Major depression in the national comorbidity survey – adolescent supplement: prevalence, correlates, and treatment
A recent study published in the January 2015 issue of the Journal of the American Academy of Child and Adolescent Psychiatry underscores the important public health significance of depression among U.S. adolescents.
Mental disorders are the leading cause of years lived with disability worldwide with 40.5% of this burden attributable to major depression. In adolescence, rates of depression increase substantially between 13 and 18 years of age, and the estimated cumulative incidence in this population approximates the adult lifetime prevalence rate.
Using data from a nationally representative sample of adolescents who participated in the National Comorbidity Survey – Adolescent Supplement (NCS-A), a group of researchers led by Dr. Kathleen Merikangas of the National Institute of Mental Health’s Intramural Research Program, evaluated symptoms of DSM-IV major depressive disorder (MDD), mild/moderate MDD, and severe MDD in 10,123 adolescents. Data was collected from adolescents 13 to 18 years old, representing the critical developmental period for the onset of depression.
MDD was highly prevalent in adolescents, whether measured over lifetime (11%) or past year (7.5%). Prevalence rates of MDD increased across adolescence, and females had 2-3-fold greater rates than males. The majority of adolescents with MDD demonstrated severe role impairment and substantial comorbidity with other mental conditions. Although treatment in any form was received by the majority of adolescents with MDD (60.4%), a much lower percentage received disorder-specific treatment (33.9%) or received treatment from the mental health sector (34.9%).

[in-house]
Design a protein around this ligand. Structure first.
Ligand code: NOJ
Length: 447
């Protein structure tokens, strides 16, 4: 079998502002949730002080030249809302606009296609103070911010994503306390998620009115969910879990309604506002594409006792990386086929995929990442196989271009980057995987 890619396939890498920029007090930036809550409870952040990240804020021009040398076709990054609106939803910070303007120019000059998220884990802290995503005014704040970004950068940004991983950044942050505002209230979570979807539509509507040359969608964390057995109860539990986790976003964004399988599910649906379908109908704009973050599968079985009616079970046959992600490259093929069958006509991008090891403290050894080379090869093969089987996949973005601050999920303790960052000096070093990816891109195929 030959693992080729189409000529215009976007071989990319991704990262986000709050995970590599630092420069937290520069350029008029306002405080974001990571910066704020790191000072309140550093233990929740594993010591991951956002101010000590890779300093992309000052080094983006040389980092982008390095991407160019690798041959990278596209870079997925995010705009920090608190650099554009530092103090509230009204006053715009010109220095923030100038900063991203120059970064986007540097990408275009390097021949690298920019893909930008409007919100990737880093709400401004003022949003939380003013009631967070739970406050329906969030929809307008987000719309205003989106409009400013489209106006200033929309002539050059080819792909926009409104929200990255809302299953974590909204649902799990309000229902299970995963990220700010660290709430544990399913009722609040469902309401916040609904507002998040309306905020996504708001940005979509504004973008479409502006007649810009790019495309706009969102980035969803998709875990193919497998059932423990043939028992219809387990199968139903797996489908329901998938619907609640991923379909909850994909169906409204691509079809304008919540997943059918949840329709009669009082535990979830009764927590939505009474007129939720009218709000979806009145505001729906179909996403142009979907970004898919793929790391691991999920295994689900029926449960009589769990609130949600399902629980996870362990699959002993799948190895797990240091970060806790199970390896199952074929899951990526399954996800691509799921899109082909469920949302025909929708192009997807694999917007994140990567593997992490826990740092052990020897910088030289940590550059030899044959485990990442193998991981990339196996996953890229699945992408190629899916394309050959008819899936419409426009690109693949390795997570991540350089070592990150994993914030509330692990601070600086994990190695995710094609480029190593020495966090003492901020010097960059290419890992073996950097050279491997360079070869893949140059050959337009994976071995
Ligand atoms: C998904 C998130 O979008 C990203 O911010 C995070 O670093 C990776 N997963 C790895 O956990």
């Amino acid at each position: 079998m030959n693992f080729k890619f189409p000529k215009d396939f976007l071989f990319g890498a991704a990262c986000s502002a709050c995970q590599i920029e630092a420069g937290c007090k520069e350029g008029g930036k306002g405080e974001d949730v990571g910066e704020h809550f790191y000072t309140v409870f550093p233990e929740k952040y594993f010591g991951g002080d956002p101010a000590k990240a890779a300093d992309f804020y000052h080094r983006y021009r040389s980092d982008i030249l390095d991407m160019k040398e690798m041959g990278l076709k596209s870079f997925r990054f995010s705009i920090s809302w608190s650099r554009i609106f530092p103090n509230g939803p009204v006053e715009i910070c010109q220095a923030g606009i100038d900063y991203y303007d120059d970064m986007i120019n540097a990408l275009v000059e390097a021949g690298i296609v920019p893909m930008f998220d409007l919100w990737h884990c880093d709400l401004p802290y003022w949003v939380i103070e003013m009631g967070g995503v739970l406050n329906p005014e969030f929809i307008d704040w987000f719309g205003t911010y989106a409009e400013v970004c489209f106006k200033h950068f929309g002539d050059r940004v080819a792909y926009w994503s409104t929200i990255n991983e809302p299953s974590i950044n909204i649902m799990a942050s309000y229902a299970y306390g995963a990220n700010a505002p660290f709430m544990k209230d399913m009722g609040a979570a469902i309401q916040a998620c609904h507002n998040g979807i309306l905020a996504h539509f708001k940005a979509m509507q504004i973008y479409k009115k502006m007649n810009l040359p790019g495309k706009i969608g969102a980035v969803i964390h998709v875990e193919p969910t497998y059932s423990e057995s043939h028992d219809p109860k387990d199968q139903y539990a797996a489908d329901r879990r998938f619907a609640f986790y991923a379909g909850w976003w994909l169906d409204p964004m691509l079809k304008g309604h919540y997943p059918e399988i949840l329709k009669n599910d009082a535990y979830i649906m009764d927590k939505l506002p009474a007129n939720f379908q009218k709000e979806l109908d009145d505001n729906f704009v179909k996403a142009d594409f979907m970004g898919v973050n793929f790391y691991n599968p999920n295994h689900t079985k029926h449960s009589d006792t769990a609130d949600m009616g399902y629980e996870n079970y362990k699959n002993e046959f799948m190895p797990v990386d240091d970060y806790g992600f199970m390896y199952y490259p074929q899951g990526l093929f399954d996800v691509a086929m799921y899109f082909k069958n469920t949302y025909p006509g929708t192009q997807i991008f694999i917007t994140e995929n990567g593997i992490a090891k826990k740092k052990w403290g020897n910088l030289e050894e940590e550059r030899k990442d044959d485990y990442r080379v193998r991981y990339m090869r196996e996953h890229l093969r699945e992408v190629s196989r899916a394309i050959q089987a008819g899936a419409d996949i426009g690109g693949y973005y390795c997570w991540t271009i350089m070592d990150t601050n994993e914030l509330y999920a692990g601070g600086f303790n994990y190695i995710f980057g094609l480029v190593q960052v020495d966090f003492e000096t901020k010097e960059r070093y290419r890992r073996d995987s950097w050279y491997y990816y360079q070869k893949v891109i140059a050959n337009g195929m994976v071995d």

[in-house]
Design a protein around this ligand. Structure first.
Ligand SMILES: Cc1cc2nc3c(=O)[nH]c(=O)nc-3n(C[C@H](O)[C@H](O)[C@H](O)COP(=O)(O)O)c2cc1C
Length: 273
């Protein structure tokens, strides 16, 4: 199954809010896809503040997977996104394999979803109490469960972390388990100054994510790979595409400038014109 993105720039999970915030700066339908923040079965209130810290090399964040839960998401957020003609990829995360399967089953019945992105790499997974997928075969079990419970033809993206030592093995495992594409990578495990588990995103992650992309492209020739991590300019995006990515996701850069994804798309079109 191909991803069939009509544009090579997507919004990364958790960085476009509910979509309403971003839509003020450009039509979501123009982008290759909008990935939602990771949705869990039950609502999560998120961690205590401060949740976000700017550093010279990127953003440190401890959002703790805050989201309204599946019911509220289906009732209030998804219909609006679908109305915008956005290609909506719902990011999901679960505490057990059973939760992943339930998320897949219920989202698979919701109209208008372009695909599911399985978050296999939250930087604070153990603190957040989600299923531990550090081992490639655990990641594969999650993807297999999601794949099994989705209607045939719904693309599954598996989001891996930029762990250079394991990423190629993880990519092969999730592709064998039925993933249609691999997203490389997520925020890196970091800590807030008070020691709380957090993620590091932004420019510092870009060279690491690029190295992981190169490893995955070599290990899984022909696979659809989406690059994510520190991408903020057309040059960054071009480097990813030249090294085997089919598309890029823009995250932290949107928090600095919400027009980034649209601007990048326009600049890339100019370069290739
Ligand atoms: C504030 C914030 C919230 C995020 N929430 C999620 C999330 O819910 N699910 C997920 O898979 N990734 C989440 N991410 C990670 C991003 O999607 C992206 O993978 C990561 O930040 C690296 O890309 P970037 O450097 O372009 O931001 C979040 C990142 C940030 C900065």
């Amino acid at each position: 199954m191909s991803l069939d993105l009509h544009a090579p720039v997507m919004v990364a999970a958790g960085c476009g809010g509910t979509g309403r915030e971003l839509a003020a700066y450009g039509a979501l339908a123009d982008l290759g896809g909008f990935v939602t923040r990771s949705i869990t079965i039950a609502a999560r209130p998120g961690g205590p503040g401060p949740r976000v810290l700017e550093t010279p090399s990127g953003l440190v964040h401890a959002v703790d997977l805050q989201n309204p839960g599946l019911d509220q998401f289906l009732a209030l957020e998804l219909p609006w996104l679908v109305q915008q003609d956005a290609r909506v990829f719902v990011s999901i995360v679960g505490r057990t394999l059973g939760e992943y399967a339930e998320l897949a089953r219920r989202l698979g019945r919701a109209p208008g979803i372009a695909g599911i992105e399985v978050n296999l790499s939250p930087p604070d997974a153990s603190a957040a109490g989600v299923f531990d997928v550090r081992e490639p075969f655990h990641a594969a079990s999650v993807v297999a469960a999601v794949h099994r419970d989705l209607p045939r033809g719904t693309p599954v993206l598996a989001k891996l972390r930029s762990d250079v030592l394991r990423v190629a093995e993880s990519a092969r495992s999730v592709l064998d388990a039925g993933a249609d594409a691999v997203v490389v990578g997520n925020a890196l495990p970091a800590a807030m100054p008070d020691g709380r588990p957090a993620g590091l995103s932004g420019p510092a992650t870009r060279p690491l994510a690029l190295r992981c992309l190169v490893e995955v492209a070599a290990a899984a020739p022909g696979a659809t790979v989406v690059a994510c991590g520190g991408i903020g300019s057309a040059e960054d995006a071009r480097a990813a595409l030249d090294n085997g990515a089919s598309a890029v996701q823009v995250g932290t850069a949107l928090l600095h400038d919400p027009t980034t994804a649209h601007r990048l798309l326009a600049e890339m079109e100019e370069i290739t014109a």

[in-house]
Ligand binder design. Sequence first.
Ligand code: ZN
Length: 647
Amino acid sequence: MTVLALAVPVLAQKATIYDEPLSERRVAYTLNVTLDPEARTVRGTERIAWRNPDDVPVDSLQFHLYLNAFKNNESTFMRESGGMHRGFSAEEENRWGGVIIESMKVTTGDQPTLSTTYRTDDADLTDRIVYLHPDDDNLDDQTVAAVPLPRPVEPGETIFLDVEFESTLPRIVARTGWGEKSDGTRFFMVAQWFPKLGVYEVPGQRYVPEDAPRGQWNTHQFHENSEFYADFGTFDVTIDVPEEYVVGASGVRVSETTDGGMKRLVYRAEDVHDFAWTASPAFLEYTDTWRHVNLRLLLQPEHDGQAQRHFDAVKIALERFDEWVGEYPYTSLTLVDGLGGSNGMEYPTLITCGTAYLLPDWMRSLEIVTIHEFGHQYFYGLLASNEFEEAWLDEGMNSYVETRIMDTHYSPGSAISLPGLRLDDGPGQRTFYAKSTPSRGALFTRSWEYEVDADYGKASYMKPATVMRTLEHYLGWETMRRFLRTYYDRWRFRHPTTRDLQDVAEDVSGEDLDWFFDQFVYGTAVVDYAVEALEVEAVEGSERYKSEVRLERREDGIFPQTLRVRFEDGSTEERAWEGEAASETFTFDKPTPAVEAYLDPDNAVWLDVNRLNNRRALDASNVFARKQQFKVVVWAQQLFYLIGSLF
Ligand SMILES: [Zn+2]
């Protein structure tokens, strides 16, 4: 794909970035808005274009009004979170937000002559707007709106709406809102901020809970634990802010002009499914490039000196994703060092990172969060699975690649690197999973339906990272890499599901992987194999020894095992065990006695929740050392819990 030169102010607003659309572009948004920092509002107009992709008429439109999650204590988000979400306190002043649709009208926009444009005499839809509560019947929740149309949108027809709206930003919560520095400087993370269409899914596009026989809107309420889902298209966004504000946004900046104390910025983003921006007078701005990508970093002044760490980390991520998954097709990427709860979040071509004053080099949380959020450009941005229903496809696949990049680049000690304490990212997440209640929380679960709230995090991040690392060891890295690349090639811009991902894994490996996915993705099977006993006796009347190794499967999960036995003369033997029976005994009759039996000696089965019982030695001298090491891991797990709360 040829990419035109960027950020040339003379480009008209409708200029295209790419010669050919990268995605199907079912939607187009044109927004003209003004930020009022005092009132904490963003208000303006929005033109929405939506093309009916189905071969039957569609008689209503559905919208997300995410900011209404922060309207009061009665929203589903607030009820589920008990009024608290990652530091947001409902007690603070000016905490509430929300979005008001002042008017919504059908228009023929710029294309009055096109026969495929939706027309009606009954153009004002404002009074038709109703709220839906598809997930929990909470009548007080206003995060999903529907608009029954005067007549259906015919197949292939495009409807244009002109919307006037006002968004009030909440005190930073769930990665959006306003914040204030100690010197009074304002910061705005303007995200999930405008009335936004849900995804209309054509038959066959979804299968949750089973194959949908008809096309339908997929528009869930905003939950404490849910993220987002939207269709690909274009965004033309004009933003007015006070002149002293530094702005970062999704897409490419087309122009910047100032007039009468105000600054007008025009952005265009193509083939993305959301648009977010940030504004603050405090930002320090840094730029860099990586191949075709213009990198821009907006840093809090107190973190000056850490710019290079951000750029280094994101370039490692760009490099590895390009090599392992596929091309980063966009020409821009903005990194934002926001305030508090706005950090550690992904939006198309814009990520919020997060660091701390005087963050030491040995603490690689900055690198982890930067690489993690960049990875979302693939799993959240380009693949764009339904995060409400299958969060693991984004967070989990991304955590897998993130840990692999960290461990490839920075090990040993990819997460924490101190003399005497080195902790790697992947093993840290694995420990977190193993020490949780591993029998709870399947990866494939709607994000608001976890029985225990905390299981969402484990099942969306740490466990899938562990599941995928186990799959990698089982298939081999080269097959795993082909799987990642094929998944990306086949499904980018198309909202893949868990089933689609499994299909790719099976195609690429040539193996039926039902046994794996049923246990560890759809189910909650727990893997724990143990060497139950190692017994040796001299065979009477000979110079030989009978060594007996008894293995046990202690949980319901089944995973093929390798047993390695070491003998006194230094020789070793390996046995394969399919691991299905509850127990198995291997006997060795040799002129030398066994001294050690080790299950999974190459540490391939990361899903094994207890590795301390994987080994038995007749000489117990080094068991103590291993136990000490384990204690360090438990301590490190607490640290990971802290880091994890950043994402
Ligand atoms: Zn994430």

“One of the major concerns raised by these findings was the substantial proportion of those with severe major depression who reported a history of suicide attempts, yet many had not received care in either the medical or mental health sectors,” said Dr. Shelli Avenevoli, the lead author, who was involved in the development of the NCS-A.
These findings extend the growing evidence regarding the significance of adolescent depression from regional community studies1, and national surveys that focused on current depressive episodes in adolescents2,3.The study highlights the clinical and public health need for screening, early identification, early intervention and treatment of MDD during adolescence.
1. Copeland WE, Shanahan L, Costello EJ, Angold A. Childhood and adolescent psychiatric disorders as predictors of young adult disorders. Arch Gen Psychiatry. 2009 Jul; 66(7):764-72.
2. Results from the 2013 National Survey on Drug Use and Health: National Findings. SAMHSA.gov/data/sites/default/files/NSDUHresultsPDFWHTML2013/Web/NSDUHresults2013.pdf.
3. Merikangas KM, He JP, Brody D, Fisher PW, Bourdon K, Koretz DS. Prevalence and treatment of mental disorders among U.S. children in the 2001-2004 NHANES. Pediatrics. Jan 2010; 125(1):75-81.
Major Depression in the National Comorbidity Survey-Adolescent Supplement: Prevalence, Correlates, and Treatment, Shelli Avenevoli, Joel Swendsen, Jian-Ping He, Marcy Burstein, Kathleen Ries Merikangas, Journal of the American Academy of Child and Adolescent Psychiatry, doi: 10.1016/j.jaac.2014.10.010, published online 28 October 2014 by Elsevier.